If you’ve ever tried to reset the password on a Dell Remote Access Card III (DRAC3), then you probably already know that trying to manage a DRAC III in a Linux environment can be frustrating – especially since current (as of this writing) versions of Dell’s OpenManage Server Administration software (OMSA) aren’t backward compatible with older hardware like the Dell PowerEdge 2650. But with the right tools, you’ll be able to access your DRAC III and do things like reset the password, set up networking, update firmware, and more.
Some might try to convince you that the only way to reset the password and do other management tasks with your DRAC 3 is to install OMSA. That’s not entirely true. If you want to do a full install of OMSA, that’s fine. I’ve written a separate blog post to help you do just that. But if you don’t want the extra overhead of a full OMSA install, you can get away with using yum to install only the few packages that are required to manage the DRAC, including the command line tool racadm.
The most current version of the OMSA tools that will run on a Dell PowerEdge 2650 is OMSA 5.5, so that’s what we’ll use. Keep in mind that if you try to install a later version of OMSA, you’ll likely run into trouble.
Step 1: Set up the Dell OMSA Repository
wget -q -O - http://linux.dell.com/repo/hardware/2008_Q3/bootstrap.cgi | bash
============================================================================================================================ Package Arch Version Repository Size ============================================================================================================================ Installing: firmware-addon-dell i386 2.1.2-1.1 dell-omsa-indep 56 k Installing for dependencies: firmware-tools noarch 2.1.2-4.1 dell-omsa-specific 203 k libsmbios i386 2.1.0-1.2 dell-omsa-specific 1.3 M smbios-utils i386 2.1.0-1.2 dell-omsa-specific 119 k Transaction Summary ============================================================================================================================ Install 4 Package(s) Upgrade 0 Package(s)
Step 2: Install the OMSA RAC Development Package
The package that contains the racadm CLI utility required to manage your DRAC is included with the srvadmin-racser-devel package. This package has three dependencies, so if they’re not already installed, yum will fix that for you. Type:
yum install srvadmin-racser-devel
and the output should like like:
============================================================================================================================ Package Arch Version Repository Size ============================================================================================================================ Installing: srvadmin-racser-devel i386 5.5.0-364 dell-omsa-specific 196 k Installing for dependencies: srvadmin-omilcore i386 5.5.0-364 dell-omsa-specific 489 k srvadmin-racser i386 5.5.0-364 dell-omsa-specific 12 k srvadmin-syscheck i386 5.5.0-364 dell-omsa-specific 6.6 k Transaction Summary ============================================================================================================================ Install 4 Package(s) Upgrade 0 Package(s)
Step 3: Protect OMSA from being upgraded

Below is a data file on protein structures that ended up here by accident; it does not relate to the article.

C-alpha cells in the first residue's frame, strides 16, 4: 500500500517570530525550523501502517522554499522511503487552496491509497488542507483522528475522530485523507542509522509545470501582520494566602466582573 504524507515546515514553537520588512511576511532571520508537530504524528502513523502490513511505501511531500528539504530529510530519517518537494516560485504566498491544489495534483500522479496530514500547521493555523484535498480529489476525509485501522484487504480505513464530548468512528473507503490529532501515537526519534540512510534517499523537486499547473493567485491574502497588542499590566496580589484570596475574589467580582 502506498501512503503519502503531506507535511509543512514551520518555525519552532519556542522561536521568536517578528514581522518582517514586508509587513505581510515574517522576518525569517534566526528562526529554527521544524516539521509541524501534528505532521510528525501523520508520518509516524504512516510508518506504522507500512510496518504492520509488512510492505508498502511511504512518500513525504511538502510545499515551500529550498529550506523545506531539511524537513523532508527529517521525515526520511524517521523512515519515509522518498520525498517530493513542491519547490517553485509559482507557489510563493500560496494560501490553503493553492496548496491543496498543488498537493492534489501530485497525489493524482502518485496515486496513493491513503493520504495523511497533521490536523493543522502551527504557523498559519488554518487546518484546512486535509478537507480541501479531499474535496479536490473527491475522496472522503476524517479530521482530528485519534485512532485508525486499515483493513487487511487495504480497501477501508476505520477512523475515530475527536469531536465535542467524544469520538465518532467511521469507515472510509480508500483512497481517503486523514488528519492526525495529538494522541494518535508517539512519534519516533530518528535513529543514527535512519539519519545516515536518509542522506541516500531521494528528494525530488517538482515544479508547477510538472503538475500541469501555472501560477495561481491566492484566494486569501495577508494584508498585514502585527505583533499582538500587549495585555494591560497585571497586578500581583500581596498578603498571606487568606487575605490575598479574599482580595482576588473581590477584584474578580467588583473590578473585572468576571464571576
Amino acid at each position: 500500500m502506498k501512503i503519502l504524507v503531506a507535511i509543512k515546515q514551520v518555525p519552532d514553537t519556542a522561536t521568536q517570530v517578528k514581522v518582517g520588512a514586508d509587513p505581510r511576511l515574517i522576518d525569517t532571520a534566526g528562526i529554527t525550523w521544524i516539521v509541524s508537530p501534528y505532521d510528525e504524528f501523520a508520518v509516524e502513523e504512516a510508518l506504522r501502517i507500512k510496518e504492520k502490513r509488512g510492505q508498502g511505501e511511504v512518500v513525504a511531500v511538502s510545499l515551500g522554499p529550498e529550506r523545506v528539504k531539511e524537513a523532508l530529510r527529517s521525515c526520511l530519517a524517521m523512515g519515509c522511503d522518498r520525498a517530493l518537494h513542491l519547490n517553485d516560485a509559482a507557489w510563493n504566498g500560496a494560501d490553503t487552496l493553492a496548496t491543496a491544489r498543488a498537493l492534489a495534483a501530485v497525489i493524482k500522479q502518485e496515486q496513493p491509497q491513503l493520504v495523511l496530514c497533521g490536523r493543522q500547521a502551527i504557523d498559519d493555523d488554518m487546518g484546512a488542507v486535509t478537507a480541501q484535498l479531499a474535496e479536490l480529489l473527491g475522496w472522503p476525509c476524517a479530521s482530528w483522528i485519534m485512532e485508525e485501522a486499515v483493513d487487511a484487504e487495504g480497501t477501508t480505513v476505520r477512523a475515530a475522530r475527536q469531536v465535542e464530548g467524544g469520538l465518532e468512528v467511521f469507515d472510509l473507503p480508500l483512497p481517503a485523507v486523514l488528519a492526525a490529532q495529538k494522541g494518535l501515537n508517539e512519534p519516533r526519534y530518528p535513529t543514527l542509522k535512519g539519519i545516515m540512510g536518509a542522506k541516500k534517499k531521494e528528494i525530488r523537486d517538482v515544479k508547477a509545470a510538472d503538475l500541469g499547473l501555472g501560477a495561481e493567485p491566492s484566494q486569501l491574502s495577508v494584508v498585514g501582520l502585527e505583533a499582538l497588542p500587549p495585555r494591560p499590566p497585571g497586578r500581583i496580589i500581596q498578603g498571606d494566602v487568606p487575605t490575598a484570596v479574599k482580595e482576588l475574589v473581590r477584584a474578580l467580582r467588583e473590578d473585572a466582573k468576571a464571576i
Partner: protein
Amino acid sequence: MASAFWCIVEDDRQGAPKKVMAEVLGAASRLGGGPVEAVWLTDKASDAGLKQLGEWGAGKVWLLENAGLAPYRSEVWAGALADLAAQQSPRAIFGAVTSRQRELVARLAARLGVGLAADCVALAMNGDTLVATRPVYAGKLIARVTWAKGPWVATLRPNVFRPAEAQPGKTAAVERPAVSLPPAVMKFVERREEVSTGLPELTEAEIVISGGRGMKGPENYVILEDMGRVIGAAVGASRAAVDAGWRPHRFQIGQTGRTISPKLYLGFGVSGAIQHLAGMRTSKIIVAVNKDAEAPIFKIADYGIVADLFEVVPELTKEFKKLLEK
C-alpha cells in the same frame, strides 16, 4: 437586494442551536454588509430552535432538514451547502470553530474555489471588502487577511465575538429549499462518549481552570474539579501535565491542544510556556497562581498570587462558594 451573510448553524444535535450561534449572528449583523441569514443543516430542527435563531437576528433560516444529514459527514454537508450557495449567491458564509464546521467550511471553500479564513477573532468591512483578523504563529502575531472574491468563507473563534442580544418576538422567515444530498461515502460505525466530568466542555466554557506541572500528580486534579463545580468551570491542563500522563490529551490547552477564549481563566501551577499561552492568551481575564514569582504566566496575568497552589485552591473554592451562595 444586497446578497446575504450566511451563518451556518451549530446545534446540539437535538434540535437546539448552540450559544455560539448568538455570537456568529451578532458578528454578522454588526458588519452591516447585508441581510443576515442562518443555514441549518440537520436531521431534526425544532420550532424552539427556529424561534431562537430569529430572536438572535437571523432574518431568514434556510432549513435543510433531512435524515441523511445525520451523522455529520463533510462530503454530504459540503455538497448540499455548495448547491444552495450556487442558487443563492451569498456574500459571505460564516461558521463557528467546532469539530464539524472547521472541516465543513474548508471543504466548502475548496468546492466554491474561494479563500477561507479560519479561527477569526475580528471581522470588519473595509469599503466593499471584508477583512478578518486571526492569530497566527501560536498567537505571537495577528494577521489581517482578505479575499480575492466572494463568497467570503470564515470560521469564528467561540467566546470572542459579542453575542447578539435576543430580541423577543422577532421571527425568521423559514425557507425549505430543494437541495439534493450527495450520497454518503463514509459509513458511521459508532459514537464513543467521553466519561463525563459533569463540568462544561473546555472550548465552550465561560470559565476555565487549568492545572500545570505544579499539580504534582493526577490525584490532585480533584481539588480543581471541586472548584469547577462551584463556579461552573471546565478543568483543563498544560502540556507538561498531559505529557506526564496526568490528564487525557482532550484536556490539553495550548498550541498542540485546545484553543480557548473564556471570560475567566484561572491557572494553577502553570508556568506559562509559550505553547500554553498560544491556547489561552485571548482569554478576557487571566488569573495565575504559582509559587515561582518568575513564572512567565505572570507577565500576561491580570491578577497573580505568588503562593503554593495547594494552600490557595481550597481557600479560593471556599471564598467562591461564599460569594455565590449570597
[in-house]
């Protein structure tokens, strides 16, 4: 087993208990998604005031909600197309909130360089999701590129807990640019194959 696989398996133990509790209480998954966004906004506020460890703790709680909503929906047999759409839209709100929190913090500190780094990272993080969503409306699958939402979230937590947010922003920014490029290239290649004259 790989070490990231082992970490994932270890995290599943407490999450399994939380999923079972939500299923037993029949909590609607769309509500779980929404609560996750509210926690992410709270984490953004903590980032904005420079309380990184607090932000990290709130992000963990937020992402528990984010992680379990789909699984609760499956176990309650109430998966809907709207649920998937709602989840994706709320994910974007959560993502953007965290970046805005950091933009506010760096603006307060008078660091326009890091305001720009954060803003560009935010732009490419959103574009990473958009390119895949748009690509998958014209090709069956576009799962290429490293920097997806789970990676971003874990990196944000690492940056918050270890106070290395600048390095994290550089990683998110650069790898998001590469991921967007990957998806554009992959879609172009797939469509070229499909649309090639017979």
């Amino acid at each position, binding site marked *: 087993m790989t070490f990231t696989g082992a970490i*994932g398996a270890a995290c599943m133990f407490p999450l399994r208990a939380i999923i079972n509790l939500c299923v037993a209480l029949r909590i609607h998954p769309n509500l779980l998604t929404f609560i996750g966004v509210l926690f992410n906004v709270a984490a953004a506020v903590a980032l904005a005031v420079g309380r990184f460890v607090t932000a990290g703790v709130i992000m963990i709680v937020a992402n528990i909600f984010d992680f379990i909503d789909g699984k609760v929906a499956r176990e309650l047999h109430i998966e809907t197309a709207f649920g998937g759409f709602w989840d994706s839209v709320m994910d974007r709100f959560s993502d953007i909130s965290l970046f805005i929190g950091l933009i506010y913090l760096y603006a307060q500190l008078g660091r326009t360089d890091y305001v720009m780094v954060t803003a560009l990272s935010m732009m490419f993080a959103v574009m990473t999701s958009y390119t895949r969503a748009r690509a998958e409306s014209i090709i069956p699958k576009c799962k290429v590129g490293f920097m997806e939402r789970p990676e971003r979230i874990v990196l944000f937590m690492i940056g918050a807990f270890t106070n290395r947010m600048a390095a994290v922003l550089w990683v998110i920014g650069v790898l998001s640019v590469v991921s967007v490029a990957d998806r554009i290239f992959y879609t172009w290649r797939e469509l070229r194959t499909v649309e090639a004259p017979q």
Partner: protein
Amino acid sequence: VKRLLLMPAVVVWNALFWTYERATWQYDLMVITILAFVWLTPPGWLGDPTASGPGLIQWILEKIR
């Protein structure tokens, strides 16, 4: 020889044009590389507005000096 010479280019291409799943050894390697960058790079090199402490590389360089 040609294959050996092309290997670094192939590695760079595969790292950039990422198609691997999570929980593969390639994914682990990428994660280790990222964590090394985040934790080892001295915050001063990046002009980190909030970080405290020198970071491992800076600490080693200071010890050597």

If you’re running a Dell PowerEdge 2650, version 5.5 of OMSA is the latest that supports your hardware, so you’ll need to tell yum not to update OMSA to a later version. Edit the /etc/yum.conf file with your favorite text editor and add this line at the bottom:
The next time you run yum update, it will ignore any updates to OMSA.
Step 4: Start the svradmin Service
Now you’re ready to start the svradmin service by typing:
The output should look like:
Starting pppd (RAC) services: [ OK ] Starting racsrvc (RAC) service daemon: [ OK ] Starting pppd (RAC) services: [ OK ] Starting racsrvc (RAC) service daemon: [ OK ]
Step 5: Use racadm
Now you’re ready to manage your DRAC III. Type:
You should get something like:
RAC Information: RAC Date/Time = Tue, 28 Sep 2010 07:32:48 GMT-07:00 Firmware Version = 3.38 (Build 12.14) Firmware Updated = Hardware Version = A04 Current IP Address = 123.456.78.90 Current IP Gateway = 123.456.78.1 Current IP Netmask = 255.255.255.0 DHCP enabled = FALSE Current DNS Server 1 = 126.96.36.199 Current DNS Server 2 = 188.8.131.52 DNS Servers from DHCP = FALSE PCMCIA Card Info = N/A System Information: System ID = 0121h System Model = PowerEdge 2650 BIOS Version = A21 Asset Tag = Service Tag = 2T10V21 Hostname = hostname.domainname.com OS name = Linux 2.6.18-164.9.1.el5 ESM Version = 3.38 Watchdog Information: Recovery Action = No Action Present countdown value = 0 Initial countdown value = 6553 RAC Firmware Status Flags: Global Reset Pending Flag = 0
Step 6: Reset the DRAC password
The default username/password on a DRAC III is root/calvin, and the default user index number for root is 1, which you’ll need to know when you type this command to change the password:
racadm config -g cfgUserAdmin -o cfgUserAdminPassword -i 1 'newpassword'
Notice that the new password should go inside apostrophes. That allows you to use special characters (! ? #) in your password.
If the default admin username has been changed, you can display it from the command line with:
racadm getconfig -g cfgUserAdmin -i 1
Now reset the DRAC so it accepts the change:
Give the DRAC a few moments to reset, then (assuming you have a network cable connected to it) try to connect to it using the IP address assigned to it (you can also use racadm to edit the DRAC’s network settings).
Congratulations! You now have control of your DRAC!